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Durham Law School

Staff Profiles

Prof Liz Campbell, Phd, LLM, BCL

Professor in the Durham Law School

(email at

I am Professor of Criminal Law at Durham Law School and convenor of the Centre for Criminal Law and Criminal Justice. I am also the School’s Director of Research Funding, and a member of the AHRC Peer Review College.


My research looks at how and in what ways the criminal law and criminal process responds to politicised social problems. I’m interested in how legal definitions are constructed, and how the politics of definitions determines and affects legal measures. I use this lens to explore laws on organised crime, white collar crime and corruption, the presumption of innocence, and the trial process more broadly. My work is socio-legal in considering the law in context, and often involves a comparative dimension. There is an empirical element to some of my work, such as the latest project on Corporate Vehicles – Understanding the use of ‘Licit’ Corporate Entities by Transnational Organised Crime Groups in the Concealment, Conversion and Control of Illicit Finance”.

I publish widely in leading international and domestic journals. My publications include a research monograph on Organised Crime and the Law (Hart, 2013), a jointly written book on The Collection and Retention of DNA from Suspects in New Zealand with Nessa Lynch (Victoria University Press, 2015) and a textbook on Criminal Law in Ireland (Clarus, 2010).

Funding for research 

My research has been funded by the RCUK’s Partnership for Conflict, Crime and Security, the Arts and Humanities Research Council, the Law Foundation of New Zealand, the Fulbright Commission, the Modern Law Review, and the Carnegie Trust for the Universities of Scotland.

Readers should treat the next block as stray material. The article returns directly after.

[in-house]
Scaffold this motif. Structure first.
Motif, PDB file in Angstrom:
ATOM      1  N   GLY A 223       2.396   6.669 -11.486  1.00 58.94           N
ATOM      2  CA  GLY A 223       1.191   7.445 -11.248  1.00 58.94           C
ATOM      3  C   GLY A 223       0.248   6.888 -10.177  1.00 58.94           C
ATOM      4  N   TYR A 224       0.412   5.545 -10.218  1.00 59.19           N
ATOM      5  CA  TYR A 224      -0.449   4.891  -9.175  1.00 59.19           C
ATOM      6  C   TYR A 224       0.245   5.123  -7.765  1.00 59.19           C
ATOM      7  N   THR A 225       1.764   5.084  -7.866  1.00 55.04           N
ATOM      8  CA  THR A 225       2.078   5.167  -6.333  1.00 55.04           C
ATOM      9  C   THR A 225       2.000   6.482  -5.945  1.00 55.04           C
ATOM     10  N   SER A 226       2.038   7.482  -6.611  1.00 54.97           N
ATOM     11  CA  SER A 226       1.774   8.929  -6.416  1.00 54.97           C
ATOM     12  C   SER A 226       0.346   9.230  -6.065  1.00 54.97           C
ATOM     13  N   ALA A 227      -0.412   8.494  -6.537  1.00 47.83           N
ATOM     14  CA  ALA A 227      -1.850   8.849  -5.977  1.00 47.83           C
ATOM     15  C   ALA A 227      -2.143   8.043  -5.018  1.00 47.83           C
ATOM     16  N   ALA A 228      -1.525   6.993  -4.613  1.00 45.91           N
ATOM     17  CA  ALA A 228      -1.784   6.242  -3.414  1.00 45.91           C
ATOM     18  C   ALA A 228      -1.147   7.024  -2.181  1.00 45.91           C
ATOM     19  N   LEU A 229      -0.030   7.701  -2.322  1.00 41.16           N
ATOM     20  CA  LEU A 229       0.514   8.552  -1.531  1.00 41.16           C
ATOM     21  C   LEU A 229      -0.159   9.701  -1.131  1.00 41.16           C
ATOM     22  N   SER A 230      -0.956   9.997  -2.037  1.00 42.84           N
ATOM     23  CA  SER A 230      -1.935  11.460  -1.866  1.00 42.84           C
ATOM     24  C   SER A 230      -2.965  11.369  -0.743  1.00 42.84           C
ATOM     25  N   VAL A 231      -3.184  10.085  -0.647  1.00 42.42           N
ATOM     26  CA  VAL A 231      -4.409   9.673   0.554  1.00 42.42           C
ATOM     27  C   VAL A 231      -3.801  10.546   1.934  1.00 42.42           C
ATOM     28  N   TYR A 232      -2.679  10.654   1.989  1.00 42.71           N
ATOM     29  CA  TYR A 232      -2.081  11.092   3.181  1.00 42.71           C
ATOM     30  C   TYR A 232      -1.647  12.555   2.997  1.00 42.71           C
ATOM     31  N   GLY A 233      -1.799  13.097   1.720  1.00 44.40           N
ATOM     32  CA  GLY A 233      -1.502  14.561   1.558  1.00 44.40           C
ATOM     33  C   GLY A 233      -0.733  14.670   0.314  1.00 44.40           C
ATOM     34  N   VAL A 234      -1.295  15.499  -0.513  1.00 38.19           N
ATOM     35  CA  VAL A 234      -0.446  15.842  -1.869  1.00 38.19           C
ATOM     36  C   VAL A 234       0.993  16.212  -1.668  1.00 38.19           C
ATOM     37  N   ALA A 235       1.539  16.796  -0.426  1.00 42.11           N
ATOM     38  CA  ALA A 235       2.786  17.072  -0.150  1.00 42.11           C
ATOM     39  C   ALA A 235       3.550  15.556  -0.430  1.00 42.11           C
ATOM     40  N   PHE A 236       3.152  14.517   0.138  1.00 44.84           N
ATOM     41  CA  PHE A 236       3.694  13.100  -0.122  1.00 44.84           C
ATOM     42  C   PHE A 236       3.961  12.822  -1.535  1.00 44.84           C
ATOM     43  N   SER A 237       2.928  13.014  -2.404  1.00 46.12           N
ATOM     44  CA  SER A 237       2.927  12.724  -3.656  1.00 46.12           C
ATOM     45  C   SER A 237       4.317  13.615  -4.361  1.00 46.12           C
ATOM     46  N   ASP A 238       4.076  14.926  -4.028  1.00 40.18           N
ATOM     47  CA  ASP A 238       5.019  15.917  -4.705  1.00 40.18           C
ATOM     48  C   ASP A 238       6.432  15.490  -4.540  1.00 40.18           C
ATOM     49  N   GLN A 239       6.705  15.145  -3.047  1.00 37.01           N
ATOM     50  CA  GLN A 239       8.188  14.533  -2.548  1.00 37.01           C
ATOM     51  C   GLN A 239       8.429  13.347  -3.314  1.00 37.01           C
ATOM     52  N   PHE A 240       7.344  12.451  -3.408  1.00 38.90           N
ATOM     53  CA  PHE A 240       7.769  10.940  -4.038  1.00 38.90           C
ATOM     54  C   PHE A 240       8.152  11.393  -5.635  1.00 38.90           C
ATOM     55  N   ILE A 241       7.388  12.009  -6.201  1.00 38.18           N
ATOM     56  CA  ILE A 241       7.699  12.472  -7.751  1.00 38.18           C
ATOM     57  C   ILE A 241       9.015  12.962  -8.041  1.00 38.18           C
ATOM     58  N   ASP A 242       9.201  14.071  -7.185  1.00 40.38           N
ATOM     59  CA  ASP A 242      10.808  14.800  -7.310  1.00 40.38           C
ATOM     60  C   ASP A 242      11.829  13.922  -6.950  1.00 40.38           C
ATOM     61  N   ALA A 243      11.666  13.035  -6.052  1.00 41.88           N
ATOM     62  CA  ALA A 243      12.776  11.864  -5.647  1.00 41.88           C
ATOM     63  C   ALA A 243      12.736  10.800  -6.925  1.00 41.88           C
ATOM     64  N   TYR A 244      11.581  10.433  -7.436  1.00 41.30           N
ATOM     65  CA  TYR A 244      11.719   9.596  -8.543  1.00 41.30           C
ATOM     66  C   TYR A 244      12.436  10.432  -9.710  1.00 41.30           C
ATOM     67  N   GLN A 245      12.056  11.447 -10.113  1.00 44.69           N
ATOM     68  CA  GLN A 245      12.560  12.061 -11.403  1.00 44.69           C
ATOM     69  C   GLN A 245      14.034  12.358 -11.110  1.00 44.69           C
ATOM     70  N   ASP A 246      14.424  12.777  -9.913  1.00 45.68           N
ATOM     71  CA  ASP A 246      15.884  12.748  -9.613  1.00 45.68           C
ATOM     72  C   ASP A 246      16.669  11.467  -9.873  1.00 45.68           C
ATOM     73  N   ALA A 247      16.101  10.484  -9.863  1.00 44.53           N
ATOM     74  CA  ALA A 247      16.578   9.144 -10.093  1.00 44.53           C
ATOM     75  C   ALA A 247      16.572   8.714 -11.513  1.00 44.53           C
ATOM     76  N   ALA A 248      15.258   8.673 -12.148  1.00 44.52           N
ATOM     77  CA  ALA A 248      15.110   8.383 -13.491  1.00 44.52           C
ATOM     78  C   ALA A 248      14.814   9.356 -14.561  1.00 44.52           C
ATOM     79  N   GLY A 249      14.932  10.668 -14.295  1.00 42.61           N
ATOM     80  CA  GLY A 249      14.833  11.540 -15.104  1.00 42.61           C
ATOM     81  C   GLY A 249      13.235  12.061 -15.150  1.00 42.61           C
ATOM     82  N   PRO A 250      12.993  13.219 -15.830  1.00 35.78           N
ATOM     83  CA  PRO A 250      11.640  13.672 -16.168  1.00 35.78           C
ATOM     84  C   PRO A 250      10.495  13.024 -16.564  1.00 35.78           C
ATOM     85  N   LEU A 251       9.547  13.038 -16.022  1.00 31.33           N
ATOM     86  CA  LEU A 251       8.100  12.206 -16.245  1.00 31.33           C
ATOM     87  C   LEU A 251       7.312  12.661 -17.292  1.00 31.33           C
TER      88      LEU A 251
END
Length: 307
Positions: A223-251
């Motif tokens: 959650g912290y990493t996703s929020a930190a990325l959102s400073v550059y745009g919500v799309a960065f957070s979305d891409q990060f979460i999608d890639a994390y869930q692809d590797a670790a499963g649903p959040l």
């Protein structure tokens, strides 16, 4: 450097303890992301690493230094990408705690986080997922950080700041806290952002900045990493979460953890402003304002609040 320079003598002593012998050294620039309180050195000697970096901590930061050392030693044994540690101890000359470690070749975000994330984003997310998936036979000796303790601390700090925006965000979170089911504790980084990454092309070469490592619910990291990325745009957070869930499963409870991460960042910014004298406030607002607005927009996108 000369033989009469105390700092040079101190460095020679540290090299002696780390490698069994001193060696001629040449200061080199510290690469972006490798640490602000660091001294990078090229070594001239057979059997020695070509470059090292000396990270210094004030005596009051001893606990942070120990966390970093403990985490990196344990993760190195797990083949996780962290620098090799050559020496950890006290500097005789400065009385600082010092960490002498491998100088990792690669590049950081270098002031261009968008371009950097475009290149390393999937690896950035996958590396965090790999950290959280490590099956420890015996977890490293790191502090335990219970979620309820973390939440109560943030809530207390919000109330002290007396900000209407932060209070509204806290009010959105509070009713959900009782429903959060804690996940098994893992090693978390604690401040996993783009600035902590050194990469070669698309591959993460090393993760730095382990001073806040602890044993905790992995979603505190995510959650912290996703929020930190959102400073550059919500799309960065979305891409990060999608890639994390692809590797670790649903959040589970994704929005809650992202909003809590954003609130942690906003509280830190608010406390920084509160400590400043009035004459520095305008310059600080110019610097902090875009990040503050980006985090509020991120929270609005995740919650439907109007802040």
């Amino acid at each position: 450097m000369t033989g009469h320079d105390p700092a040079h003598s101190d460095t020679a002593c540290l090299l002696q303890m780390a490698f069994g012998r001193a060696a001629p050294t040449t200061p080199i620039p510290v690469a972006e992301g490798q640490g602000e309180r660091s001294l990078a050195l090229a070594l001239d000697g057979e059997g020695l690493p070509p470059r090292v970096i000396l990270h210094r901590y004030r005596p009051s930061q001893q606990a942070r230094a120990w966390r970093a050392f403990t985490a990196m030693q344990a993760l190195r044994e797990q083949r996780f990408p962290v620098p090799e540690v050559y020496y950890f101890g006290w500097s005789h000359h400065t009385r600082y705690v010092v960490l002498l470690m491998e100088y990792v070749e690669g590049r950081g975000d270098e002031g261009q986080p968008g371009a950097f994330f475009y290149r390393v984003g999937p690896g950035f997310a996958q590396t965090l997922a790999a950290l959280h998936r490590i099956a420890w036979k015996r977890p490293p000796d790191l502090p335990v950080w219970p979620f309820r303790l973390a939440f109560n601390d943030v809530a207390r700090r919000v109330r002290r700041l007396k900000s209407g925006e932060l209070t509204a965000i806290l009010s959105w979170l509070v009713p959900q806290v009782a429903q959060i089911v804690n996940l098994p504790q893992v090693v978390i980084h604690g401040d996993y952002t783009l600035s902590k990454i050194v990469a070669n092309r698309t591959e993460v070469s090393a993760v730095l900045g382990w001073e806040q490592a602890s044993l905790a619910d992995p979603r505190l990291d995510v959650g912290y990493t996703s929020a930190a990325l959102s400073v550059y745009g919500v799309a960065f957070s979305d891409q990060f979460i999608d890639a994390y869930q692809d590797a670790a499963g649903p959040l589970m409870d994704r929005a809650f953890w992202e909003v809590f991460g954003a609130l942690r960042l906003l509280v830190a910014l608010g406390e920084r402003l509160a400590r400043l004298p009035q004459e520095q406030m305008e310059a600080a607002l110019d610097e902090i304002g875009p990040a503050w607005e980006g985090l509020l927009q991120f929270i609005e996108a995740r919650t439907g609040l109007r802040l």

I was a Fulbright Scholar at the University of Maryland in 2011-2012, and Principal Investigator for an Arts and Humanities Research Council network on “Corruption in commercial enterprise” (2015-17). Through these collaborative, interdisciplinary research projects and networks, I’ve developed connections with global scholars. 

Current projects

I’m currently co-Investigator on a project on “Corporate Vehicles – Understanding the use of ‘Licit’ Corporate Entities by Transnational Organised Crime Groups in the Concealment, Conversion and Control of Illicit Finance”, funded by the RCUK’s Partnership for Conflict, Crime and Security (PaCCS) Research. This project examines how licit entities are used by organised crime groups for the concealment, conversion and control of illicit finance cross-jurisdictionally and the domestic and international economic/social impacts of such practice. It is analysing the impact on organised crime groups of the changing legal and policy conditions governing the transparency of beneficial ownership of legal entities in the UK and the Netherlands. Police Scotland and the Center for Information & Research on Organised Crime (Netherlands) are partners in both the production of the proposal and realisation of the project.

I’m funded by the ESRC Impact Acceleration Account to explore the implications of Brexit for the investigation and policing of organised crime. The briefing paper is available here and full recommendations on negotiations here

I'm beginning work on an N8 Policing Research Partnership -funded project on Policing Ethics.

Research Supervision

I would be delighted to hear from potential students interested in researching any area of criminal law/justice, particularly in relation to organised crime, corruption, white collar crime, and the presumption of innocence. 

Research Interests

  • Criminal justice
  • Criminal law
  • Law of evidence
  • Organised crime

Selected Grants

  • 2016: Corruption in Non-Criminal Commercial Enterprise: Law, Theory and Practice (£8213.94 from AHRC)
  • 2016: The use of corporate vehicles by transnational organised crime groups in the concealment, conversion and control of illicit finance (£28931.30 from ESRC)
  • 2015: 2015: AHRC Research Networking Grant on Corruption in (Non-)Criminal Commercial Enterprise: Law, Theory and Practice £33,000 (PI).
  • 2014: Law Foundation of New Zealand award to study the use of DNA powers in pre-trial processes in New Zealand $30,000 (with Nessa Lynch).
  • 2011: Fulbright research fellowship on Legal Responses to Organised Crime $10,000
  • 2011: Modern Law Review seminar fund on The Presumption of Innocence £12,544

Selected Publications

Authored book

Book review

Chapter in book

Edited book

  • Campbell, Liz. & Lord, Nicholas. (2017). Corruption in Criminal Enterprise: Law, Theory and Practice. Routledge.

Journal Article

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